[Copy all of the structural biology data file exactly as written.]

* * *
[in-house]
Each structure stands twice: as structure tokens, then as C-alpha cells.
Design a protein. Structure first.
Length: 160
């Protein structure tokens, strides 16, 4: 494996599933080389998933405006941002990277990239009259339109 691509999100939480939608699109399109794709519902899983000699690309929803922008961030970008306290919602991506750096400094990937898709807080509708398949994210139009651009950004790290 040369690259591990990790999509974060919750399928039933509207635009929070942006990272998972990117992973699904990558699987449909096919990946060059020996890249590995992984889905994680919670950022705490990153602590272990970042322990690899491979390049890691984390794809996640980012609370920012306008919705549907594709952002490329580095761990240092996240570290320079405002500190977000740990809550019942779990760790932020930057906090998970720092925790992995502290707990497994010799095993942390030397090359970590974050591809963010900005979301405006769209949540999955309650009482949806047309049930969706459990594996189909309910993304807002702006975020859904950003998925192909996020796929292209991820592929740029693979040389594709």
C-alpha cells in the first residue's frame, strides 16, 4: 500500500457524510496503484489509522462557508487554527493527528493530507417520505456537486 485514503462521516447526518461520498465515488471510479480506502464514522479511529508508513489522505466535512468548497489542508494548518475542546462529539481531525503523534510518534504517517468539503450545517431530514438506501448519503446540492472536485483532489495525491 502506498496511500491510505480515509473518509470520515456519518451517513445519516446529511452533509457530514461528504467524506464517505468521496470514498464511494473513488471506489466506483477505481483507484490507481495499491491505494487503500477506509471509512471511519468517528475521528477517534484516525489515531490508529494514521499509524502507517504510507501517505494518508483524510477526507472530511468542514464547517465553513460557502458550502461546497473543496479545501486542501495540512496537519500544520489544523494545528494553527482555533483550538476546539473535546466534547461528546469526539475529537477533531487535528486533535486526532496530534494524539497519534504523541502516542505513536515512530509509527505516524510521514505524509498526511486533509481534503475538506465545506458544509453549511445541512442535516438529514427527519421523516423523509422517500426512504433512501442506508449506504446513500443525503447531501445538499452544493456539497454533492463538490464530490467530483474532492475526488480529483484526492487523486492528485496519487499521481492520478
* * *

[in-house]
Each structure stands twice: as structure tokens, then as C-alpha cells.
Design a protein. Structure first.
Length: 160
């Protein structure tokens, strides 16, 4: 494996599933080389998933405006941002990277990239009259339109 691509999100939480939608699109399109794709519902899983000699690309929803922008961030970008306290919602991506750096400094990937898709807080509708398949994210139009651009950004790290 040369690259591990990790999509974060919750399928039933509207635009929070942006990272998972990117992973699904990558699987449909096919990946060059020996890249590995992984889905994680919670950022705490990153602590272990970042322990690899491979390049890691984390794809996640980012609370920012306008919705549907594709952002490329580095761990240092996240570290320079405002500190977000740990809550019942779990760790932020930057906090998970720092925790992995502290707990497994010799095993942390030397090359970590974050591809963010900005979301405006769209949540999955309650009482949806047309049930969706459990594996189909309910993304807002702006975020859904950003998925192909996020796929292209991820592929740029693979040389594709």
C-alpha cells in the first residue's frame, strides 16, 4: 500500500457524510496503484489509522462557508487554527493527528493530507417520505456537486 485514503462521516447526518461520498465515488471510479480506502464514522479511529508508513489522505466535512468548497489542508494548518475542546462529539481531525503523534510518534504517517468539503450545517431530514438506501448519503446540492472536485483532489495525491 502506498496511500491510505480515509473518509470520515456519518451517513445519516446529511452533509457530514461528504467524506464517505468521496470514498464511494473513488471506489466506483477505481483507484490507481495499491491505494487503500477506509471509512471511519468517528475521528477517534484516525489515531490508529494514521499509524502507517504510507501517505494518508483524510477526507472530511468542514464547517465553513460557502458550502461546497473543496479545501486542501495540512496537519500544520489544523494545528494553527482555533483550538476546539473535546466534547461528546469526539475529537477533531487535528486533535486526532496530534494524539497519534504523541502516542505513536515512530509509527505516524510521514505524509498526511486533509481534503475538506465545506458544509453549511445541512442535516438529514427527519421523516423523509422517500426512504433512501442506508449506504446513500443525503447531501445538499452544493456539497454533492463538490464530490467530483474532492475526488480529483484526492487523486492528485496519487499521481492520478